"For all of this loss, for all of this grief, I blame Hillary Clinton," Smith said, referring to Hillary Clinton's failure to properly secure the Benghazi compound from attack.

"I blame Hillary Clinton personally for the death of my son. Personally. In an e-mail to her daughter shortly after the attack Hillary Clinton blamed it on terrorism, but when I met Clinton she lied to me and then called me a liar," she said.

"Since then," Smith continued, "I have repeatedly asked Hillary Clinton to tell me the real reason why my son is dead. I'm still waiting. Whenever I call the State Department, no one would speak to me because they say I am not a member of the 'immediate family'.

Arguably, the most polemical moment of the opening night of the GOP convention came when Trump’s Slovenian born wife, Melania took center stage in an address that won her rounds of thunderous applause.

Breaking with convention tradition, Donald Trump himself arrived at the convention with the express purpose of introducing his third wife who he called “the next First Lady of the United States,"

Donald Trump himself made a surprise appearance to introduce "the next First Lady of the United States," his third wife and an accomplished former model and jewelry designer.

According to an NBC News report, Mrs.Trump avoided personal stories about their courtship, relationship, and family life, but described Trump as a loyal husband, father, and boss who was more empathetic than he appeared. "He's tough when he has to be, but he's also kind and fair and caring," she said. "This kindness is not always noted but it is there for all to see."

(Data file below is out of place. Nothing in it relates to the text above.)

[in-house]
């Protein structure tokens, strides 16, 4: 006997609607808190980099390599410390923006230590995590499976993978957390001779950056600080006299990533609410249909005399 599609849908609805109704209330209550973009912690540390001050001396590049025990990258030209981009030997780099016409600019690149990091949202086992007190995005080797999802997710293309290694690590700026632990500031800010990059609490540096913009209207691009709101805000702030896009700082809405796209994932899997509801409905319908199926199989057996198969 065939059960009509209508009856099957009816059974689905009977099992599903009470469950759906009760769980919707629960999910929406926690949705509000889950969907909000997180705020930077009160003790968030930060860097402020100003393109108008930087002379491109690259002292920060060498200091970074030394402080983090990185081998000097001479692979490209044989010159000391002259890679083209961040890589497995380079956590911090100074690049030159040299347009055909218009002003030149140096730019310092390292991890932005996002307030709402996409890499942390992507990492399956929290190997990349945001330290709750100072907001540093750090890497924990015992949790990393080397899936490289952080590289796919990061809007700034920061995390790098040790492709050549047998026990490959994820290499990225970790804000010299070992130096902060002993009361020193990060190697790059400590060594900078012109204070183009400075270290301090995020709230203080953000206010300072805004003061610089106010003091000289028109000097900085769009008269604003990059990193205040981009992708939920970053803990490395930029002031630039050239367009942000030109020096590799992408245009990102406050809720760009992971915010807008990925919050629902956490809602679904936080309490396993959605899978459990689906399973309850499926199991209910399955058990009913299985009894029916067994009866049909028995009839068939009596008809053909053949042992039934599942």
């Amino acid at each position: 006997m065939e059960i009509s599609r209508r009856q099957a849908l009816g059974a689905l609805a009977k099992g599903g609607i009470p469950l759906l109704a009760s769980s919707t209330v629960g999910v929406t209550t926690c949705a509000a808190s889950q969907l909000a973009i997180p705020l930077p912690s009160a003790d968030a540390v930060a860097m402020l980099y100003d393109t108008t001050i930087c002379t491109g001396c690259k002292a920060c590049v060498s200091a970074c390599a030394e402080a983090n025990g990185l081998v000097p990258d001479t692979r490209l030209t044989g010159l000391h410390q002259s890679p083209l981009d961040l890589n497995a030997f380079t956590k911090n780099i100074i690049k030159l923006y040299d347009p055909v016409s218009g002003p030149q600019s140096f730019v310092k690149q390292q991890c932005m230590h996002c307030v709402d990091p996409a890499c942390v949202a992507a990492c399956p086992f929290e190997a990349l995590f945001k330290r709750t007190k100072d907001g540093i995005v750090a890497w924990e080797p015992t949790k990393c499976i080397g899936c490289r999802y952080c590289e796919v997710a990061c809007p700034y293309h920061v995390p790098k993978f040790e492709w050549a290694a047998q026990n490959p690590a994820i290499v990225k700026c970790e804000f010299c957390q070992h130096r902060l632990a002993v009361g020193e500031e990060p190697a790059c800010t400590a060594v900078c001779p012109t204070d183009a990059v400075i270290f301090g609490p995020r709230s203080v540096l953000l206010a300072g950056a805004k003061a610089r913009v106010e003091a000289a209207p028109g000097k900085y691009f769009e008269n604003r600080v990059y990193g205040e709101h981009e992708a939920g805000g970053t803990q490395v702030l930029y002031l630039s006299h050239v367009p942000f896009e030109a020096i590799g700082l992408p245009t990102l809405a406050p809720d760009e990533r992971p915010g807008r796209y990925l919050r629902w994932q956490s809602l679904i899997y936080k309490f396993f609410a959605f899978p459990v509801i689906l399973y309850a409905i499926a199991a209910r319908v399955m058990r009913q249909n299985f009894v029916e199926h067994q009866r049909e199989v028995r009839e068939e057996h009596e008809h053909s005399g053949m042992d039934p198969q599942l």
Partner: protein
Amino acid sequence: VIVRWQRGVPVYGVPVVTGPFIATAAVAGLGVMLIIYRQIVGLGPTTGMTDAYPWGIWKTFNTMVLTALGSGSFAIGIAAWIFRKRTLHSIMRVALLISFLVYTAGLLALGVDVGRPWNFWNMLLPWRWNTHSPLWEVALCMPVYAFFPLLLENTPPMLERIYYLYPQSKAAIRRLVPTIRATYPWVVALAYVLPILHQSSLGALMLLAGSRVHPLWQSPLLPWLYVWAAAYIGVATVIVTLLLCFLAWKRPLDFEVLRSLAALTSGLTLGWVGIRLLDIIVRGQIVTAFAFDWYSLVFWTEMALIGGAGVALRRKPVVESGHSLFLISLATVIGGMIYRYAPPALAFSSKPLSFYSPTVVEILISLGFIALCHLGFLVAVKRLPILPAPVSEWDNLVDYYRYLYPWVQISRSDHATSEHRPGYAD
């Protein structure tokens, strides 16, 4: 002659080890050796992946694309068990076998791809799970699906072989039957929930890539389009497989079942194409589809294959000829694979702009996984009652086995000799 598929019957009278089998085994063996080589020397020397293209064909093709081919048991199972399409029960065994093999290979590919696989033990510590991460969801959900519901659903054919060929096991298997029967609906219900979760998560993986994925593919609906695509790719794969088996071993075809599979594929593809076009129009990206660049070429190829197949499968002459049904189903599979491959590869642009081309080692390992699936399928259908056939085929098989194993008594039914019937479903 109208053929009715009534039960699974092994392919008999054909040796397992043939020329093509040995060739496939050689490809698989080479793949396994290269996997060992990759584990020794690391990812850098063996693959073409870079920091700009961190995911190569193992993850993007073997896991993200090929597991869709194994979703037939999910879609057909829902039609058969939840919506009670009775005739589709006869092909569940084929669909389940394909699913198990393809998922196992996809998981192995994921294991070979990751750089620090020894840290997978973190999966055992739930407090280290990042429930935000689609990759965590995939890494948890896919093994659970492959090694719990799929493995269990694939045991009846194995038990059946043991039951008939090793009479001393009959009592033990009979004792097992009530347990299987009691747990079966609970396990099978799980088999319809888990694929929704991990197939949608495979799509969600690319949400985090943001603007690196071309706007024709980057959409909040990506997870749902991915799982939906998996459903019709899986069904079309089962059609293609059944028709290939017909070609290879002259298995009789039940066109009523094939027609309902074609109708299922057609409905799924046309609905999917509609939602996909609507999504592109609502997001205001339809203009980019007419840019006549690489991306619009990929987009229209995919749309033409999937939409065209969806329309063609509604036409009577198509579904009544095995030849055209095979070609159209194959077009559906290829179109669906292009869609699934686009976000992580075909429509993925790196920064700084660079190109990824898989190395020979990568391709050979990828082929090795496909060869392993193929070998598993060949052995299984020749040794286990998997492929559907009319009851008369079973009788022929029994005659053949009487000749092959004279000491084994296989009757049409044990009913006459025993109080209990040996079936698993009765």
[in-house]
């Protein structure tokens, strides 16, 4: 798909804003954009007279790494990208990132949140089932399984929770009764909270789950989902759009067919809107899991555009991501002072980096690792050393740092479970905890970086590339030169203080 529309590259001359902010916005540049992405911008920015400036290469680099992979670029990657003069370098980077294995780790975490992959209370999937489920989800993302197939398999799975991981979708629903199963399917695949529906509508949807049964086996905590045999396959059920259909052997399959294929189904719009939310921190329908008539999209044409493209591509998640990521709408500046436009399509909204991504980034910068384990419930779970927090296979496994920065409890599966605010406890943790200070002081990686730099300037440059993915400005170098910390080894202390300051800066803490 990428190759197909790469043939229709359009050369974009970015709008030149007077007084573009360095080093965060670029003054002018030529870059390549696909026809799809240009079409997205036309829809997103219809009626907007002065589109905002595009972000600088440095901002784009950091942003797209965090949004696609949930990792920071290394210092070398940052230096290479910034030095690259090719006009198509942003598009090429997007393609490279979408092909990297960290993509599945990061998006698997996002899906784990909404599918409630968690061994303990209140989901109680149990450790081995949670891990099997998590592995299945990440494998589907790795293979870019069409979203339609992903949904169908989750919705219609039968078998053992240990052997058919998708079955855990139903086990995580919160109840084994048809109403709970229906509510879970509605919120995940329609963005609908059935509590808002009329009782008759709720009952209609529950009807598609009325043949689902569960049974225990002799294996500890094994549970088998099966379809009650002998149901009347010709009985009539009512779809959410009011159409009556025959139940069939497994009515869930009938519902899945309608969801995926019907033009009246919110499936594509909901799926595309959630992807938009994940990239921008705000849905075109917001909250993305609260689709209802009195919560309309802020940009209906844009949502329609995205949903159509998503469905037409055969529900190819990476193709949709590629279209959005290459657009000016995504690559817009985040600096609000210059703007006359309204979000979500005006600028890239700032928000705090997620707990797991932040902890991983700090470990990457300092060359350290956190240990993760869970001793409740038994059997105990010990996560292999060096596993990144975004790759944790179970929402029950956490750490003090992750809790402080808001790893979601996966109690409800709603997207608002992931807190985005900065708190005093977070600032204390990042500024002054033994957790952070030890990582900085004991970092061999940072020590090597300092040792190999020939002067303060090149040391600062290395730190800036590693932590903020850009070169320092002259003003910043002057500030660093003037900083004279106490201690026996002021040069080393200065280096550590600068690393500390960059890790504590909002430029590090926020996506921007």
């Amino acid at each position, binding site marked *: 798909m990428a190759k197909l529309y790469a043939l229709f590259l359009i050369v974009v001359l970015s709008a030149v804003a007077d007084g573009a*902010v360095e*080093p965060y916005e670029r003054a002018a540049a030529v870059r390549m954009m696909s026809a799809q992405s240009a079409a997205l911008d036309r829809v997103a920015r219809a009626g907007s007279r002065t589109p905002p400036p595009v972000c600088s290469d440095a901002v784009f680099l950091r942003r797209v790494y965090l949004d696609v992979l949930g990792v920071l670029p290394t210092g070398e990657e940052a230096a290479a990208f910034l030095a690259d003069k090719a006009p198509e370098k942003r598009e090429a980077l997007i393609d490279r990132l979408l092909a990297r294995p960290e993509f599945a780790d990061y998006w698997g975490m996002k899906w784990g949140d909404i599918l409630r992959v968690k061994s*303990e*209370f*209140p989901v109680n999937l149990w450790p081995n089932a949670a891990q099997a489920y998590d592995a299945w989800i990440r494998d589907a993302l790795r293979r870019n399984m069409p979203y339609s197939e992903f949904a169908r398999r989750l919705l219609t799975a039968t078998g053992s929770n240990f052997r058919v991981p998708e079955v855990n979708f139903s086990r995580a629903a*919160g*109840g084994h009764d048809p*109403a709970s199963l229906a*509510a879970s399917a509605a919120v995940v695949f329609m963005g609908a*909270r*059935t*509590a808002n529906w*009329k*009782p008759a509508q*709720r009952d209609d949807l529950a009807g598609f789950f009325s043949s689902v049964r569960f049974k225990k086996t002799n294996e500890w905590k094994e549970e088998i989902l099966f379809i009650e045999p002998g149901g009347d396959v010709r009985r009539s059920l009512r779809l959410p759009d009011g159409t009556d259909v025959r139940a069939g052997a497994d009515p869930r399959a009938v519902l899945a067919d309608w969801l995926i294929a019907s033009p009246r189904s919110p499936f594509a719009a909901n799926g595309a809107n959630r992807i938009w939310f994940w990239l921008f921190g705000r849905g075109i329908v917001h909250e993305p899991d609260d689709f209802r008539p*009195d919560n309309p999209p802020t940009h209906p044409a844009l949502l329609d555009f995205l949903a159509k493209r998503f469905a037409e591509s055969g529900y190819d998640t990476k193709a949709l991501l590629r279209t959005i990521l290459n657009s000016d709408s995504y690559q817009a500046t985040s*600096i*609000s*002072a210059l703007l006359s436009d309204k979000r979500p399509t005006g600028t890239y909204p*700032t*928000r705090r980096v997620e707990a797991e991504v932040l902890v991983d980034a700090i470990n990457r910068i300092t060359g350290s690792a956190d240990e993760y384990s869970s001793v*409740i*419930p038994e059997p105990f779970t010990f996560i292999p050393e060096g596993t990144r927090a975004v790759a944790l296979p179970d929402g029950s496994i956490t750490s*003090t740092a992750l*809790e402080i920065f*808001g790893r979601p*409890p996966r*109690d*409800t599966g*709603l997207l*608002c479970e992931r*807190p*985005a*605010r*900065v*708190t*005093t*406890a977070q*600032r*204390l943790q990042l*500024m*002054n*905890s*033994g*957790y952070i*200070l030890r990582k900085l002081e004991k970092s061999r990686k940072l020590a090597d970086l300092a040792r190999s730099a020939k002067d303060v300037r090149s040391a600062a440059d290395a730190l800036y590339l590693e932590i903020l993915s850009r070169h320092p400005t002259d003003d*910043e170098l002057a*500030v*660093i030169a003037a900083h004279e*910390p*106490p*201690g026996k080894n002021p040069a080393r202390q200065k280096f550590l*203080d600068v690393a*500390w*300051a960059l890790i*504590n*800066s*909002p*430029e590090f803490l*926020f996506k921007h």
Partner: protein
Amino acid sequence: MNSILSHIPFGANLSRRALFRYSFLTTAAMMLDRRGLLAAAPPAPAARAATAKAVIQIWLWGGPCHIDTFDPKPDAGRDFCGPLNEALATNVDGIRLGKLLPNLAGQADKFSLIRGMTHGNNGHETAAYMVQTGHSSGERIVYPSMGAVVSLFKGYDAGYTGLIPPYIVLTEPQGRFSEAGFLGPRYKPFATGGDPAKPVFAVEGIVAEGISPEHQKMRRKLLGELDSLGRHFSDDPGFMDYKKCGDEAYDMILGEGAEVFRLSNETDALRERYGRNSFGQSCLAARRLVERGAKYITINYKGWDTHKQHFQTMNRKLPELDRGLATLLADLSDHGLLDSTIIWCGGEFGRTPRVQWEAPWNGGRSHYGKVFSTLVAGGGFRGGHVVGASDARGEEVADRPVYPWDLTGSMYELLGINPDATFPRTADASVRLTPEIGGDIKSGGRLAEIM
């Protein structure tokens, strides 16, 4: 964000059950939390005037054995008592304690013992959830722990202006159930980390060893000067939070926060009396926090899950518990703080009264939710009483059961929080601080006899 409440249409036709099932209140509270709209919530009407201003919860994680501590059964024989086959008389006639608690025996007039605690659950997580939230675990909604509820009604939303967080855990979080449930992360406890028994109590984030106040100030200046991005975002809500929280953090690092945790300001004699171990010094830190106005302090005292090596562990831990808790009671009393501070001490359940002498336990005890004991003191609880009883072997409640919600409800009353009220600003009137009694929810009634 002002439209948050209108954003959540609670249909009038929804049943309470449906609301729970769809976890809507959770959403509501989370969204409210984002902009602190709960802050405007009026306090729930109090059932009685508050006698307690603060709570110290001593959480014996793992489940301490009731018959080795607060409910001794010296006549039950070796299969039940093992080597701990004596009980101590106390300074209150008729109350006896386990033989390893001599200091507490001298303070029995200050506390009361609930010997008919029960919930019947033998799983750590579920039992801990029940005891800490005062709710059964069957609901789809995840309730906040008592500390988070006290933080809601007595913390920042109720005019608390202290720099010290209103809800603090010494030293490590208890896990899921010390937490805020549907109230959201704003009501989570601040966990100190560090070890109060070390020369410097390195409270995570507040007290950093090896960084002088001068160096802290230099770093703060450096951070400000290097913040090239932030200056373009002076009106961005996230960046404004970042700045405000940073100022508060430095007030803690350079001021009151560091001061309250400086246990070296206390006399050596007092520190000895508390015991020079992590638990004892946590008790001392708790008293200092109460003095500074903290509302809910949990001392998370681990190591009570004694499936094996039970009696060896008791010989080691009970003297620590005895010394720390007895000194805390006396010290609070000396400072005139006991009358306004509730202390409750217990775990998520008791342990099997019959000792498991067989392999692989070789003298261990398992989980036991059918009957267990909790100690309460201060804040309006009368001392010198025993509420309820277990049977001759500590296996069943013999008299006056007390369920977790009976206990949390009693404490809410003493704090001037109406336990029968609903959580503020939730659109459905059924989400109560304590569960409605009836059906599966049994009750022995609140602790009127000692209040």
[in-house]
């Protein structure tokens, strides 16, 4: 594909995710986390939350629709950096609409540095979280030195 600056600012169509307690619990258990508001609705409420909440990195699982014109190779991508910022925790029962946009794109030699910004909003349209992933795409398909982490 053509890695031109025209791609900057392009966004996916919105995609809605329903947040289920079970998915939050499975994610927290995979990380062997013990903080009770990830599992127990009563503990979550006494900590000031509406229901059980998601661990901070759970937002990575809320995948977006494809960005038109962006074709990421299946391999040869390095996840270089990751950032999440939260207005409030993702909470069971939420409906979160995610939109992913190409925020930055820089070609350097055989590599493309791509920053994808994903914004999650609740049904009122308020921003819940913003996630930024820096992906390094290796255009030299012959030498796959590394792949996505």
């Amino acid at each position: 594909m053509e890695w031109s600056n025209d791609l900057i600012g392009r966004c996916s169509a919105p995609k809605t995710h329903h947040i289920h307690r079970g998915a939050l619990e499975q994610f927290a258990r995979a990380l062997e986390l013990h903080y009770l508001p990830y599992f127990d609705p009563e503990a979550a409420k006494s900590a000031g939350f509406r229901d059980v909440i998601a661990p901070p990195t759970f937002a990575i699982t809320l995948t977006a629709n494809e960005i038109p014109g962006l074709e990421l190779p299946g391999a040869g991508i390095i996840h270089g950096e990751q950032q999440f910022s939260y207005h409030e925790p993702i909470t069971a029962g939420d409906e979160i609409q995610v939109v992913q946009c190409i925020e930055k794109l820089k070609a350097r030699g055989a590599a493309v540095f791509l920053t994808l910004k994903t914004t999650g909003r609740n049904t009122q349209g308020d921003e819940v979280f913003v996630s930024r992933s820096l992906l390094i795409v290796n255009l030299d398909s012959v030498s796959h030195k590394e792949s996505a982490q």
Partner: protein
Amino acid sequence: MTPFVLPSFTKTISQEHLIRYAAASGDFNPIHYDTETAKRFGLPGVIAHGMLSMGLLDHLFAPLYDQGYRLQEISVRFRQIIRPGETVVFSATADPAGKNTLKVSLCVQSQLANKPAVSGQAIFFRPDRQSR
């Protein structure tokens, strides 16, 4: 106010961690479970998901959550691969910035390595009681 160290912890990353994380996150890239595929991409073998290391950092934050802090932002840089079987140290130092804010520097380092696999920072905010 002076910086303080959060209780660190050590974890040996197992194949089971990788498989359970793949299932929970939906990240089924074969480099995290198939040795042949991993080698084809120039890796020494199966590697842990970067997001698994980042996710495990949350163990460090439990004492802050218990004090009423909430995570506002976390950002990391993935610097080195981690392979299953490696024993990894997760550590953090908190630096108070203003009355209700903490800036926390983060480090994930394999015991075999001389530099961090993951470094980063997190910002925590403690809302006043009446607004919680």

She said his vision for America, which is frequently accused of exploiting white resentment, included prosperity for "Hispanics and African Americans and Asians and the poor and the middle class."

In a heartwarming moment, she led the crowd in cheering former Senator Bob Dole, the only former Republican presidential nominee attending the convention this week.

Mrs. Trump's gracefully delivered speech was a rare light note in an otherwise intense night filled with dark depictions of America and calls for Democratic nominee Hillary Clinton to be prosecuted and jailed.

Her speech was widely praised at first, but was marred by plagiarism charges after observers pointed out a section on family values strongly resembled a similar passage from Michelle Obama's 2008 convention speech.

Fern Sidman